The organic semiconductor layer comprises for example conjugated polymers, such as polythiophenes, polythienylenevinylenes or polyfluorene derivatives, which are applied from solution by spin-coating, blade coating or printing. So-called “small molecules”, i.e. oligomers such as sexithiophene or pentacene, which are vapor-deposited by a vacuum technique, are also suitable as organic semiconductor layer.

It is provided that the at least two OFETs form a variable load for modulation of the carrier signal. In this way, two or more bits can be transmitted simultaneously since even two OFETs of the same type can assume three states if they are connected in parallel. The first state is brought about by neither of the two OFETs being driven, with the result that a total resistance that is equal to half the reverse resistance of one OFET is formed. The second state is brought about by one of the two OFETs being driven. In this way, the resistance of said one OFET decreases to a forward resistance. The total resistance of the two OFETs is the product of both resistances divided by the sum of both resistances and, owing to the reduced resistance of said one OFET, is therefore lower than in the first state described above. The third state is brought about, then, by both OFETs being driven. The total resistance of the two OFETs is then equal to half the forward resistance of one OFET.

The gain in transmittable information that is achieved by means of the invention can be utilized in this case for increasing the data rate transmitted via the air interface, for synchronization purposes or for error detection/correction—depending on the coding system used.

The inventive circuit arrangement thus compensates for the disadvantage of the low switching frequency of OFETs by virtue of the simultaneously possible transmission of a plurality of bits and by virtue of the possibilities thus also opened up for parallel processing in an organic logic IC connected to the modulator.

Upon eliminating the disadvantages when using OFETs in RFID transponders, the advantages of OFETs are of particular significance. The fact that OFETs can be produced cost-effectively and in few work steps by means of a printing method means not only that the manufacturing costs are very low, but also that the development costs and the development time are reduced. It is also advantageous that the OFETs can be tailored individually to their purpose of use.

It is particularly advantageous to form the modulator with at least two differently formed OFETs. Thus, by way of example, two or more OFETs are connected up which have a different profile of the internal resistance and/or a different switching behavior. A bit in the code space can thus be assigned to the specific signal response of each of said OFETs to the change in the gate level from the low level to the high level (and also vice versa) itself. A superposition of these signal responses is obtained by connecting the different OFETs in parallel and/or in series, with the result that, when using n different OFETs, a character set of 2n different characters can be obtained. It is particularly advantageous in this case if the differing properties of the OFETs and also the interconnection of the OFETs are chosen such that the summationally superposed signal responses represent mutually orthogonal functions.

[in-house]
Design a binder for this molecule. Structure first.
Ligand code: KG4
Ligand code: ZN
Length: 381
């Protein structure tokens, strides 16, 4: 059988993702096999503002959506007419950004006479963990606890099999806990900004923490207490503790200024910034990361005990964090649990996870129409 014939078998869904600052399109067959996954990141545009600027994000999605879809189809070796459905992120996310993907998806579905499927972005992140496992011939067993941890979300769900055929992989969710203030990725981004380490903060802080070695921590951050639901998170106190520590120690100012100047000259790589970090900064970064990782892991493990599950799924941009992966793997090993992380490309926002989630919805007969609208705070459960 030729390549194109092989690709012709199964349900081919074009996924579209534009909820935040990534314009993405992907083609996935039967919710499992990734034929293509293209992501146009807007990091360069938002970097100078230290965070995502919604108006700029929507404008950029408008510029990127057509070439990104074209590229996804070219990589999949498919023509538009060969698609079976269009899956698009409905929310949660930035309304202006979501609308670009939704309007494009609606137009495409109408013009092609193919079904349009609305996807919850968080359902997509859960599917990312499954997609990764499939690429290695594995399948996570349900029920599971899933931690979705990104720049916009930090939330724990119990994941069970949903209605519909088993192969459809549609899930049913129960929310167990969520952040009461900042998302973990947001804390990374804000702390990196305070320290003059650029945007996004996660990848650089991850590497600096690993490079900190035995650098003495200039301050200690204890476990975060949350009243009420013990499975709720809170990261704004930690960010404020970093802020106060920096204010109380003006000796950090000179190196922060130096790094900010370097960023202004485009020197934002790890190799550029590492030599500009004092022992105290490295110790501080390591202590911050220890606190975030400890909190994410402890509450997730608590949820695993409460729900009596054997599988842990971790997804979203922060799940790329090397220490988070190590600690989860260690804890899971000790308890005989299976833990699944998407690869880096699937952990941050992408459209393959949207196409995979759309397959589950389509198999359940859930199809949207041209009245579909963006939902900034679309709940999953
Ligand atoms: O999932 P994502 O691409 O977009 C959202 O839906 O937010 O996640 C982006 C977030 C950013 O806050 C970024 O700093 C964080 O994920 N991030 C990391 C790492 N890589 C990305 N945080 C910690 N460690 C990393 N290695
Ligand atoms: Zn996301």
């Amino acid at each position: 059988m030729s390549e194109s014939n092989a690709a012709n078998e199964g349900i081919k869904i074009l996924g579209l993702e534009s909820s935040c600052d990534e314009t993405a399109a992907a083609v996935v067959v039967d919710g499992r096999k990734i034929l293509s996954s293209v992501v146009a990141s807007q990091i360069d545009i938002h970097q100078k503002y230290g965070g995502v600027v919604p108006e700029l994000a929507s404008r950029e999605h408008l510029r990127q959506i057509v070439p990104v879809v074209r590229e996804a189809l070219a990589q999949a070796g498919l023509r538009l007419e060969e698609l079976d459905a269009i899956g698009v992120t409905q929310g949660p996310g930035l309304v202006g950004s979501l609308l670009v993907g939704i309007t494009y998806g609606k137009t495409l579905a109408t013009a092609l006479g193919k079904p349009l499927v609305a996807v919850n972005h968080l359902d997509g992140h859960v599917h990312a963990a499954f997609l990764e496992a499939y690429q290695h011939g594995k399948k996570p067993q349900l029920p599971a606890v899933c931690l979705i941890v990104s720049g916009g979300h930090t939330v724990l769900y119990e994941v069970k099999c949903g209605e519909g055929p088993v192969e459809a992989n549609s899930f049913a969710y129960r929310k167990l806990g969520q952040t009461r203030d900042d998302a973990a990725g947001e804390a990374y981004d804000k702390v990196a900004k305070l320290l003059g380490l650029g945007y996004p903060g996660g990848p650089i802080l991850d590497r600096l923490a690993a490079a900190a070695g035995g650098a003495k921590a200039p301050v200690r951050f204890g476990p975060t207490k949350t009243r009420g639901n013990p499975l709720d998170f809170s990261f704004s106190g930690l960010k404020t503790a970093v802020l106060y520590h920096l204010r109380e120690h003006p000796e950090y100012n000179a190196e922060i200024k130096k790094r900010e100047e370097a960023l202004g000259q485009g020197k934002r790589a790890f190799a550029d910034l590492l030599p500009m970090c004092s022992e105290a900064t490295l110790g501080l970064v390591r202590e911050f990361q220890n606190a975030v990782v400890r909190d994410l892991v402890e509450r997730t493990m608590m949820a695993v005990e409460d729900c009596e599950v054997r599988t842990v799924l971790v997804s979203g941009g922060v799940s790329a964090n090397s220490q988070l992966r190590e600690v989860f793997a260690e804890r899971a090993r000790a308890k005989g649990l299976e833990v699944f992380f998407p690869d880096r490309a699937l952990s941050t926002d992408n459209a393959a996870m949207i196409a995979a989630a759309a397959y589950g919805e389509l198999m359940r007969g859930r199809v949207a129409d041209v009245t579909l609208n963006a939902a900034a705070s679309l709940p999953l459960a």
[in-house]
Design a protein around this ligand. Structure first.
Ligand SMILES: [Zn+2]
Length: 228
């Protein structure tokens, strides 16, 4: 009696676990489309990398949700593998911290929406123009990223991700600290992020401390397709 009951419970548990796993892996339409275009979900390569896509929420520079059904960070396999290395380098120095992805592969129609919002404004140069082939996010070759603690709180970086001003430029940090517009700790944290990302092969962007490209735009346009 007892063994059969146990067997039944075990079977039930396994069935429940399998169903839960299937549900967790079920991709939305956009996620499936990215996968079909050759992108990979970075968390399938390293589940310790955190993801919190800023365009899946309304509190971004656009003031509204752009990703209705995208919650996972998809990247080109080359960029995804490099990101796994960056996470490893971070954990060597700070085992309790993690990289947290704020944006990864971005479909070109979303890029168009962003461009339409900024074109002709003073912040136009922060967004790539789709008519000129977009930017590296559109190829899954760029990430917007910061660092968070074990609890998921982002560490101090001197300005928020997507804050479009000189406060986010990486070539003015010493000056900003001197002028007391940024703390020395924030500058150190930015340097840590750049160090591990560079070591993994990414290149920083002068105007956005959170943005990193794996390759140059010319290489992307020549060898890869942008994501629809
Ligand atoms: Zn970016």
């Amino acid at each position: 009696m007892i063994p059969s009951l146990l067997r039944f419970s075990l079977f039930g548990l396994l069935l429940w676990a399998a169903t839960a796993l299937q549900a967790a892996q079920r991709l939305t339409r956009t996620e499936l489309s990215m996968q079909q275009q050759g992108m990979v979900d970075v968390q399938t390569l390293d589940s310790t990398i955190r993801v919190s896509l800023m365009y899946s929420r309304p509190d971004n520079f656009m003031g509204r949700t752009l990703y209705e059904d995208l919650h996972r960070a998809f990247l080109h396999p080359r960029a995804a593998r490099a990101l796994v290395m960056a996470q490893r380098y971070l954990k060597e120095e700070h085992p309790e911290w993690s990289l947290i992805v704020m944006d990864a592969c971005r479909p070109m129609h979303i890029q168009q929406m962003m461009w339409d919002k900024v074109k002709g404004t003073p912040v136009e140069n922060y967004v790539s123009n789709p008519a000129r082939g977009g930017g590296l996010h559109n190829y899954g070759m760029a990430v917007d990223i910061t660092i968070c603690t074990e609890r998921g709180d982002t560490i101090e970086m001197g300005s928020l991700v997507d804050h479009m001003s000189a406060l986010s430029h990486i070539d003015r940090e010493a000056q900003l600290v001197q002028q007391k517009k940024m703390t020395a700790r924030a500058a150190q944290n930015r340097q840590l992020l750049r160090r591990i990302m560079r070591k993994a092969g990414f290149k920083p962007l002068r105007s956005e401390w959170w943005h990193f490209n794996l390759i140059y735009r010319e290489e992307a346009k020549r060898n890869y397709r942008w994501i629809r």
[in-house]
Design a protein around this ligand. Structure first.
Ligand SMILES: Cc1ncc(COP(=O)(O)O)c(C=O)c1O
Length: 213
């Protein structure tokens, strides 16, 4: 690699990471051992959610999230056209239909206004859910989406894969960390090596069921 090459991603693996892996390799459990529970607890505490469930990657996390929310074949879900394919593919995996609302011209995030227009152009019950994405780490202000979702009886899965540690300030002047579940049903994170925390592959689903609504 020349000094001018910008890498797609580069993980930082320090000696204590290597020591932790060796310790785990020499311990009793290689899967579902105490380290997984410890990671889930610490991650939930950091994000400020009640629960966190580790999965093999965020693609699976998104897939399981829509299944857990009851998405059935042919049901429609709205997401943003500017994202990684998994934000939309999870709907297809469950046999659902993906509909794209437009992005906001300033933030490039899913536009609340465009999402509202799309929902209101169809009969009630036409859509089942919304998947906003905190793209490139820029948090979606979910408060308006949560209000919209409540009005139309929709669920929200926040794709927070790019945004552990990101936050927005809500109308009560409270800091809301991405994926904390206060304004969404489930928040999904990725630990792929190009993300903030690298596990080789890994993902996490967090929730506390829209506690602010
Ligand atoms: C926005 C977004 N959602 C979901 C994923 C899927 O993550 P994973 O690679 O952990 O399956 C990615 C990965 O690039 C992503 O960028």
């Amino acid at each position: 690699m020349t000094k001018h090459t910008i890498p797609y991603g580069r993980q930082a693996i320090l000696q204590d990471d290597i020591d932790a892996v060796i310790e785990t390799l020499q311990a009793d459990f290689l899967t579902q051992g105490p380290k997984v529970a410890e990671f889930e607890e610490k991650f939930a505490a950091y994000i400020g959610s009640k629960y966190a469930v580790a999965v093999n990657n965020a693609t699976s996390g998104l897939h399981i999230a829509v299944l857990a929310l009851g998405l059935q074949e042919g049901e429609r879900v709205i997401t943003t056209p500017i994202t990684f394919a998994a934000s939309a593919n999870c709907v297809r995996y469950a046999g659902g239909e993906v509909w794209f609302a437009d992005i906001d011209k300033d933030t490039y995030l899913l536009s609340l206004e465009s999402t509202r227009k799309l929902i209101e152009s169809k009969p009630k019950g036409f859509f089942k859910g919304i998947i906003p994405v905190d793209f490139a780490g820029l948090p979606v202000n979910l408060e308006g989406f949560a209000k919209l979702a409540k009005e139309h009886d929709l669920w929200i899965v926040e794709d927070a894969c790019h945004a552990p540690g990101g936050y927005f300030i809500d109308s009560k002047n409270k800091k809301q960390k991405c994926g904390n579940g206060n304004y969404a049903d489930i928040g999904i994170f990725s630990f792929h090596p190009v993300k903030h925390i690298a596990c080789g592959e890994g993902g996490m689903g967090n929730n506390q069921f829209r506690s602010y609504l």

Although the decoding of the information coded into the carrier signal by means of such a modulator requires a complex evaluation circuit, which can be realized only with difficulty by means of an organic circuit, in the case of an RFID transponder the return response of the RFID transponder is evaluated by the base station, in which an evaluation circuit in traditional silicon technology is then preferably used.

In order to form a modulator with at least two differently formed OFETs, provision may be made for forming the OFETs with different geometries, for example forming them with different channel lengths and/or different channel widths.

These parameters can easily be altered and be optimized in few steps according to the trial and error method owing to the easy produceability described further above.

Provision may also be made for forming the OFETs with different semiconductor layers, in particular for varying the channel thickness or for using a semiconductor material having a different conductivity or doping. In this case, too, changes are possible at short notice because the starting substances are available as pastes or inks.

These described variations of the construction of the OFETs make is possible to form the OFETs with a different switching behavior and profile of the internal resistance.

It is particularly advantageous if the at least two different OFETs have different internal resistances in the turned-on (forward resistance) and/or in the turned-off state (reverse resistance) and the OFETs are connected up to one another in parallel connection and/or in series connection.

In this case, it may be provided that the OFETs in a parallel connection form the variable load. A parallel connection of two OFETs having different forward resistances can already form four states, to be precise, as explained thoroughly further above, through a change in the total resistance of the two parallel-connected OFETs. A respectively different state can then be formed by the optional driving of the two OFETs since the two OFETs are then formed with a different forward resistance.